WebMD Medical News
Daniel J. DeNoon
Louise Chang, MD
Jan. 8, 2008 -- The diabetes drug metformin -- especially with a
diet/exercise regimen -- largely
reverses the weight-gain side effect of antipsychotic drugs.
Antipsychotic medications -- especially the newer atypical antipsychotics --
are effective treatments for a number of psychotic disorders and severe
behavioral disturbances. But they have a dreaded side effect: significant weight gain.
Weight gain is a major reason why people suffering from psychosis die up to
30 years sooner than the general population. Recent studies have suggested that
lifestyle intervention -- helping psychotic patients improve their diets and
increase their exercise levels -- helps reduce weight gain.
Now a study of 128 newly diagnosed schizophrenic patients in China suggests
that the older diabetes drug metformin has a dramatic effect on weight gain
associated with antipsychotics. Ren-Rong Wu, MD, of Central South University in
Changsha, China, and colleagues report the findings in the January 9/16 issue
of The Journal of the American Medical Association.
"Lifestyle intervention and metformin alone and in combination
demonstrated efficacy for antipsychotic-induced weight gain," Wu and
colleagues conclude. "Lifestyle intervention plus metformin showed the best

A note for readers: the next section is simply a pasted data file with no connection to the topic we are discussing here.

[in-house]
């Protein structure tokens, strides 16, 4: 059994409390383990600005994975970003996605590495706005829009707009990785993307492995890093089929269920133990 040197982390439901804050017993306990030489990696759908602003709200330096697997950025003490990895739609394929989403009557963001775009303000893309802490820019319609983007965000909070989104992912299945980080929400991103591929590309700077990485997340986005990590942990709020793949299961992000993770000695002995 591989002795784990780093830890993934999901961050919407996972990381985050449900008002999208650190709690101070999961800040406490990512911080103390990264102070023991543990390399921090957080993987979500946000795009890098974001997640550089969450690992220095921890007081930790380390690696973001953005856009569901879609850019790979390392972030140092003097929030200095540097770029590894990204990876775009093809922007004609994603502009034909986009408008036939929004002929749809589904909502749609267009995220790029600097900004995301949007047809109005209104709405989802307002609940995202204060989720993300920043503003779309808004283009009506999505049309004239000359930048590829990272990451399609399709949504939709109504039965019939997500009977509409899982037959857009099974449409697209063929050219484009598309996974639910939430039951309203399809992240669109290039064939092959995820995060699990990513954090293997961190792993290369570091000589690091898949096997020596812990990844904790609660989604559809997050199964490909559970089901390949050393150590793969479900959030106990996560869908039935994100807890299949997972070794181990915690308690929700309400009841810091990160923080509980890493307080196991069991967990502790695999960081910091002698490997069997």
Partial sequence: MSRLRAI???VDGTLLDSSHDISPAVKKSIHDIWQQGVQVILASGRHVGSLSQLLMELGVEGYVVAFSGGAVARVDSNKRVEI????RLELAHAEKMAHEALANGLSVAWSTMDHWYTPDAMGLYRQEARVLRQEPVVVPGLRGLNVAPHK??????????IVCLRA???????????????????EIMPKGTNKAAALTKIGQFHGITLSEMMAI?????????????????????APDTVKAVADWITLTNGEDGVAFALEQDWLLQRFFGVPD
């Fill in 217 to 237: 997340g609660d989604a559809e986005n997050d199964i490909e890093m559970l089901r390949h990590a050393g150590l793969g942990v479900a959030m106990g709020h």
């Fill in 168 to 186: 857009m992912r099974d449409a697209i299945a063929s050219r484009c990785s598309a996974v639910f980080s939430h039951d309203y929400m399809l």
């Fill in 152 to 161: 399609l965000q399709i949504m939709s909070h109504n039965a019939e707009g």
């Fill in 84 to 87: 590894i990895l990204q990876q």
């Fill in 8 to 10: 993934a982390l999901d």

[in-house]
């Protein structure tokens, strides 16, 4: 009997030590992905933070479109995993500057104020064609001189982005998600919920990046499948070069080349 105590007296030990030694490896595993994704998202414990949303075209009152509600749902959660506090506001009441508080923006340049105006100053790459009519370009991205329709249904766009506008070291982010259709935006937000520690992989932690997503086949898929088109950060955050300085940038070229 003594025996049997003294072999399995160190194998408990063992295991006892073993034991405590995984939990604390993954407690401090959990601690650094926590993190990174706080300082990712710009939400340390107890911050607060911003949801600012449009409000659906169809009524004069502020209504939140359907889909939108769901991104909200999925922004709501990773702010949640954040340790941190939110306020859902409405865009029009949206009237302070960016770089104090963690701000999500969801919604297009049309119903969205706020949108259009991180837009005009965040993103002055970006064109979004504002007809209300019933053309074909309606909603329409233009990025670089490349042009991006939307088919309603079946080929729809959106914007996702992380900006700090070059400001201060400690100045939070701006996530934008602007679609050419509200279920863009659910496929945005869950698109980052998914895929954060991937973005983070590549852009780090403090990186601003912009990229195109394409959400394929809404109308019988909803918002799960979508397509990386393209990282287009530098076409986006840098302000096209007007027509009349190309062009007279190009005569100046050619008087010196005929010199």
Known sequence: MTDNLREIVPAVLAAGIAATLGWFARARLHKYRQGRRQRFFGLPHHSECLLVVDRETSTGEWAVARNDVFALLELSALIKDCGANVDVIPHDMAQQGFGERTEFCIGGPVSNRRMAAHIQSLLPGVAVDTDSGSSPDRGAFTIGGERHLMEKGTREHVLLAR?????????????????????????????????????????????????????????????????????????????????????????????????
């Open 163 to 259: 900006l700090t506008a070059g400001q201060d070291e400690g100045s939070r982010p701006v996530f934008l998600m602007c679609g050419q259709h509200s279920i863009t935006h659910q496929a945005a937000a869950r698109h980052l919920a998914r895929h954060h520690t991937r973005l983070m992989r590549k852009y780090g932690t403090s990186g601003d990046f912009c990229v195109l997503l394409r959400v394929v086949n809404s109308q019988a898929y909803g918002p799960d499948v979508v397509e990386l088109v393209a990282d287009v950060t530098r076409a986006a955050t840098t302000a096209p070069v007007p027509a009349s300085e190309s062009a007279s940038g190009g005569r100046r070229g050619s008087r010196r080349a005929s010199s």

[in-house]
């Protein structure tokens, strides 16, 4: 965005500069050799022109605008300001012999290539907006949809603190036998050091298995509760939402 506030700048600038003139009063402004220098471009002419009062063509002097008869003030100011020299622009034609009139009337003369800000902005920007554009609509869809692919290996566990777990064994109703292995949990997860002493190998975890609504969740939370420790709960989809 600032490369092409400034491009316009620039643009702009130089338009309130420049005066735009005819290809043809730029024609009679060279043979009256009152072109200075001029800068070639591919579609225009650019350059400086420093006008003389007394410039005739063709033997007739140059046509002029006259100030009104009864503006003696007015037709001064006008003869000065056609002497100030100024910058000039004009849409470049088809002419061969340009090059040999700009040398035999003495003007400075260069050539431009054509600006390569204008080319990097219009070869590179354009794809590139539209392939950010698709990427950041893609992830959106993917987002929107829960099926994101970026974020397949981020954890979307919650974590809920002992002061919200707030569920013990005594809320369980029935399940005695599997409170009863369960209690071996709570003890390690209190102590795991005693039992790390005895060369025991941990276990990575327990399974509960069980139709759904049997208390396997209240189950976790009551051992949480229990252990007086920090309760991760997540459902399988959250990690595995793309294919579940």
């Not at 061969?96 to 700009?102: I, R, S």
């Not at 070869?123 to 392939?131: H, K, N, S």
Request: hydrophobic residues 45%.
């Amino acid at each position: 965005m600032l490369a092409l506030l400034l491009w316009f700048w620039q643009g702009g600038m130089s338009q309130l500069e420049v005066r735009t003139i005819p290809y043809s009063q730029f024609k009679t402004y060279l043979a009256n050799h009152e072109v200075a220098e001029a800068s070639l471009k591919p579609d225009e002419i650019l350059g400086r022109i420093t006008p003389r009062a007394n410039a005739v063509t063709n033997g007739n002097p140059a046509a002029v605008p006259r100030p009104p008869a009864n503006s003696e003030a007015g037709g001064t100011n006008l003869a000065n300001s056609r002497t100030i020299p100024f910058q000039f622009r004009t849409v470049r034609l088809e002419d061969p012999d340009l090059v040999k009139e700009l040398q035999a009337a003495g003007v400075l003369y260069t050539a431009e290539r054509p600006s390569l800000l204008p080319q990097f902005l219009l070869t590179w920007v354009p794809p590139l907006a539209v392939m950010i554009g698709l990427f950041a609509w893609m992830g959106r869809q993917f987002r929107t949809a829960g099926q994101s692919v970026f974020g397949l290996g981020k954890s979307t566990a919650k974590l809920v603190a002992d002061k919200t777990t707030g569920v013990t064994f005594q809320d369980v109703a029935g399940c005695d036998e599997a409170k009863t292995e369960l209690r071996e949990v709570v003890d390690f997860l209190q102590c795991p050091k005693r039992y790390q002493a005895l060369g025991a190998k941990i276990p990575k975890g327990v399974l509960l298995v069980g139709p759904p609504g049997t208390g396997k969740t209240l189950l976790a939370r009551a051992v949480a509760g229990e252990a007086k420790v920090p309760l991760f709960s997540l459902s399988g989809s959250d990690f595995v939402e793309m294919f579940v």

effect on weight loss. Metformin alone was
more effective ... than lifestyle intervention alone."
The patients in the study had all gained more than 10% of their body weight
after beginning antipsychotic treatment with Clozaril, Zyprexa, Risperdal, or sulpiride (used
in Asia and Europe but not in North America).
The patients were randomly assigned treatment with metformin alone,
metformin plus diet/exercise, inactive placebo alone, or inactive placebo plus
After 12 weeks:
All of the patients in the study had only recently begun low-dose
antipsychotic treatment; none had yet become obese. It's not yet clear
whether obese patients or those on long-term, high-dose antipsychotic treatment
will obtain similar results from metformin treatment.
SOURCES: Wu, R.-R. The Journal of the American Medical Association,
Jan. 9/16, 2008; vol 299: pp 185-193.
The Health News section does not provide medical advice, diagnosis or treatment. See additional information.